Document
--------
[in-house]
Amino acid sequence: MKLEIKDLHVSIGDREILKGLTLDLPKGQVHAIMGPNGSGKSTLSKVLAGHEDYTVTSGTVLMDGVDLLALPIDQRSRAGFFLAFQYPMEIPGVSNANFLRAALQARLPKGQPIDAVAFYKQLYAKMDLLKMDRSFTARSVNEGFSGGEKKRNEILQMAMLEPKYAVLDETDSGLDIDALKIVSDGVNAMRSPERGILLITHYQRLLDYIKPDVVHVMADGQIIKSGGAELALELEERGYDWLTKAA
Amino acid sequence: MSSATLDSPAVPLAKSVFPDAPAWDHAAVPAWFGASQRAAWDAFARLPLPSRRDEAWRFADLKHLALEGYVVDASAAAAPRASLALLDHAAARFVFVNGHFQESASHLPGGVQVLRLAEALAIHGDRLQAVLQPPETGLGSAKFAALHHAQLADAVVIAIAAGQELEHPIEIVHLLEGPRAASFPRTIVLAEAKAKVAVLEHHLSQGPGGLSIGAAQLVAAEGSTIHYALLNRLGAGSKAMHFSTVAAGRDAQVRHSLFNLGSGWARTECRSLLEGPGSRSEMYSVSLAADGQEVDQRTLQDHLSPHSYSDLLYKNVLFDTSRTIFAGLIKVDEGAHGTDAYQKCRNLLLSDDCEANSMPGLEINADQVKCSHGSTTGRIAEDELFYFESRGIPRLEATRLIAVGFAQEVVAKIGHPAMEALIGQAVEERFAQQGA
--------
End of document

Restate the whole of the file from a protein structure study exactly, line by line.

[in-house]
Amino acid sequence: MKLEIKDLHVSIGDREILKGLTLDLPKGQVHAIMGPNGSGKSTLSKVLAGHEDYTVTSGTVLMDGVDLLALPIDQRSRAGFFLAFQYPMEIPGVSNANFLRAALQARLPKGQPIDAVAFYKQLYAKMDLLKMDRSFTARSVNEGFSGGEKKRNEILQMAMLEPKYAVLDETDSGLDIDALKIVSDGVNAMRSPERGILLITHYQRLLDYIKPDVVHVMADGQIIKSGGAELALELEERGYDWLTKAA
Amino acid sequence: MSSATLDSPAVPLAKSVFPDAPAWDHAAVPAWFGASQRAAWDAFARLPLPSRRDEAWRFADLKHLALEGYVVDASAAAAPRASLALLDHAAARFVFVNGHFQESASHLPGGVQVLRLAEALAIHGDRLQAVLQPPETGLGSAKFAALHHAQLADAVVIAIAAGQELEHPIEIVHLLEGPRAASFPRTIVLAEAKAKVAVLEHHLSQGPGGLSIGAAQLVAAEGSTIHYALLNRLGAGSKAMHFSTVAAGRDAQVRHSLFNLGSGWARTECRSLLEGPGSRSEMYSVSLAADGQEVDQRTLQDHLSPHSYSDLLYKNVLFDTSRTIFAGLIKVDEGAHGTDAYQKCRNLLLSDDCEANSMPGLEINADQVKCSHGSTTGRIAEDELFYFESRGIPRLEATRLIAVGFAQEVVAKIGHPAMEALIGQAVEERFAQQGA